The governor attended a Holocaust memorial ceremony in Springfield yesterday, which dredged up some bad memories.
Gov. Rod Blagojevich joined Jewish leaders for an annual ceremony observing the Holocaust on Wednesday, the first public gathering since he angered many of them by standing by his appointment of a Louis Farrakhan aide to a state panel.
Federation leaders publicly thanked Blagojevich for his participation in the program, jointly sponsored by the governor’s office and several Jewish federations from around Illinois.
But several community leaders said relations are still strained with the governor, who has refused to remove Claudette Muhammad from his hate crime commission. Muhammad is the minister of protocol for the Nation of Islam and has declined to condemn recent anti-gay and anti-Semitic statements by Farrakhan.
After the event, held at the Old State Capitol, Blagojevich said he thinks his relationship with Jewish leaders is strong.
“Relationships have always been very good and, I think, continue to be very good,” he said. As for whether the Muhammad controversy had harmed his relationship with Jewish voters, Blagojevich said, “Those things don’t enter my mind.”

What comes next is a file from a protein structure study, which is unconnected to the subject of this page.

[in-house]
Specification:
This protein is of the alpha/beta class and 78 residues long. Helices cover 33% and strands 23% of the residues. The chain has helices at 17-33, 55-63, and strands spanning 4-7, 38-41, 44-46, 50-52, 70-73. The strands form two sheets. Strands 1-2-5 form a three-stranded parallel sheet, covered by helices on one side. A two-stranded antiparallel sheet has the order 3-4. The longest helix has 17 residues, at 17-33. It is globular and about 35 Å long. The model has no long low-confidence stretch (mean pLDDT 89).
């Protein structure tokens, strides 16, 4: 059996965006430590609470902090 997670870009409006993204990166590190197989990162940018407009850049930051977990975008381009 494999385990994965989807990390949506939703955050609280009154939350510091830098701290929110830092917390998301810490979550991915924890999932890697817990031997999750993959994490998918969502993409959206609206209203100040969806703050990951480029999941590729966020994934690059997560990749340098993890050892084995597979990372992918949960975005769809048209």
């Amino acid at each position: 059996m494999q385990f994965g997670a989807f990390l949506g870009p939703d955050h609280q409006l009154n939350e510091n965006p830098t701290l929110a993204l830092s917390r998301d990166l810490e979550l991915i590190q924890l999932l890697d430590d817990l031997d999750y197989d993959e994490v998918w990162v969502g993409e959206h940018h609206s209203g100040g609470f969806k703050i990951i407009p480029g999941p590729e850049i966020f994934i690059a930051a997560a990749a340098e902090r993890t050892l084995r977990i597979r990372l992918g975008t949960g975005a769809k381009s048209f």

But others who attended the Holocaust commemoration said they think Blagojevich still needs to repair his bonds with the community.
The Sun-Times adds:
But key Jewish leaders said Blagojevich must engage in serious fence-mending if he intends to keep Jewish voters from aligning themselves this fall with Republican gubernatorial nominee Judy Baar Topinka, who attended Wednesday’s observance.
“Without him attacking this and coming up with some solutions to resolve this issue, he’s going to alienate a lot of Jewish voters,” said state Sen. Ira Silverstein (D-Chicago), who was among the speakers at Wednesday’s event. “If he lets this fester, it’ll get worse.”
Steven Nasatir, president of the Jewish Federation of Metropolitan Chicago, said he was encouraged by Blagojevich’s presence at the Holocaust observance but agreed that the governor has not done anything to ease the frustrations Jews have experienced from his handling of the hate-crimes commission controversy.
“For us, the issue is one of important principle, and there continues to be disappointment and pain connected to this matter,” Nasatir said.
Claiming everything is fine when it obviously isn’t is probably not a good idea. At best he looks disingenuous. At worst he looks like an uncaring jerk.